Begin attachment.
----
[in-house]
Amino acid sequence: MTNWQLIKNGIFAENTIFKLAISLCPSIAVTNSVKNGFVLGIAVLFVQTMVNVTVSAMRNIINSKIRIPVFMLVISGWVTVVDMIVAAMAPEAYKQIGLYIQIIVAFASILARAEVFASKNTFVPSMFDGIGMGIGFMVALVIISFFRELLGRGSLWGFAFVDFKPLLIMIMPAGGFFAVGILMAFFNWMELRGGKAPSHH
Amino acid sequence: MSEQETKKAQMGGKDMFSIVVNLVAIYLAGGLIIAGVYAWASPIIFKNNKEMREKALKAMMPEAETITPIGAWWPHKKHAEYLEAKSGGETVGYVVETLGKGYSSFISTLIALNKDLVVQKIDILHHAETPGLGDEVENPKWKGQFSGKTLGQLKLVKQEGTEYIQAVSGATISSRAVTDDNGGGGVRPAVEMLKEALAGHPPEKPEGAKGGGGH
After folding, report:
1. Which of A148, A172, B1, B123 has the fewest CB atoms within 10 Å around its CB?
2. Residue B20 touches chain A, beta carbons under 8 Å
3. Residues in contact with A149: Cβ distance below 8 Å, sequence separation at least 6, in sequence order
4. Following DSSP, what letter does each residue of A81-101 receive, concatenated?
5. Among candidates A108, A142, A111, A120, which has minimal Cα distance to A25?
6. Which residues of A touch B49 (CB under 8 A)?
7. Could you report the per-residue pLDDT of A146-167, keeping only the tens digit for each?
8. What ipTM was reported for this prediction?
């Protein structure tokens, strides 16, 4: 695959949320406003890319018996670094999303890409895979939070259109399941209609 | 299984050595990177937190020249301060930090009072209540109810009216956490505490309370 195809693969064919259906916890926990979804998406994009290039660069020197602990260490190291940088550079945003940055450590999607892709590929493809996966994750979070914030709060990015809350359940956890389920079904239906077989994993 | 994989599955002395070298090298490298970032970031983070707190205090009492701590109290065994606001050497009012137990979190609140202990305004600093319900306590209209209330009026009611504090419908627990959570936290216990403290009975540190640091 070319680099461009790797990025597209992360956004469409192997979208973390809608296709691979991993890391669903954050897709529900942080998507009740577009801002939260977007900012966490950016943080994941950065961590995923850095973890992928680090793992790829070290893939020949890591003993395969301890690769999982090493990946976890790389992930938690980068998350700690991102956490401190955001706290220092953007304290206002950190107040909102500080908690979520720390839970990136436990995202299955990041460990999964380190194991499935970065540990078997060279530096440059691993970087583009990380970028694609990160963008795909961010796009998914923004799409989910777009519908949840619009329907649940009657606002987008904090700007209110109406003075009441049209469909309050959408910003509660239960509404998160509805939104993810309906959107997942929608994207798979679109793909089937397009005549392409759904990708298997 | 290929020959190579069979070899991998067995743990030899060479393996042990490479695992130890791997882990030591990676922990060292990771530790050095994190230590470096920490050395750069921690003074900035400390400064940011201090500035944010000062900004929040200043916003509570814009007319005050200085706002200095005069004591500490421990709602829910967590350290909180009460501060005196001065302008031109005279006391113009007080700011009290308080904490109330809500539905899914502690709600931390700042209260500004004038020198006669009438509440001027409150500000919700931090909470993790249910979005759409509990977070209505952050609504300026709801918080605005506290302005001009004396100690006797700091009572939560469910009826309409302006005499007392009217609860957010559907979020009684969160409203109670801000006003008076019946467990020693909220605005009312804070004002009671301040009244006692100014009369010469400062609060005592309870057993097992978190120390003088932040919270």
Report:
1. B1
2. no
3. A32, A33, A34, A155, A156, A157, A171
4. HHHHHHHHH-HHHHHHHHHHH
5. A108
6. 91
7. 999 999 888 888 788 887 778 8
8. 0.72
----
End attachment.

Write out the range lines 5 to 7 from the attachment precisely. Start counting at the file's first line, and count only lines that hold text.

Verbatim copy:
1. Which of A148, A172, B1, B123 has the fewest CB atoms within 10 Å around its CB?
2. Residue B20 touches chain A, beta carbons under 8 Å
3. Residues in contact with A149: Cβ distance below 8 Å, sequence separation at least 6, in sequence order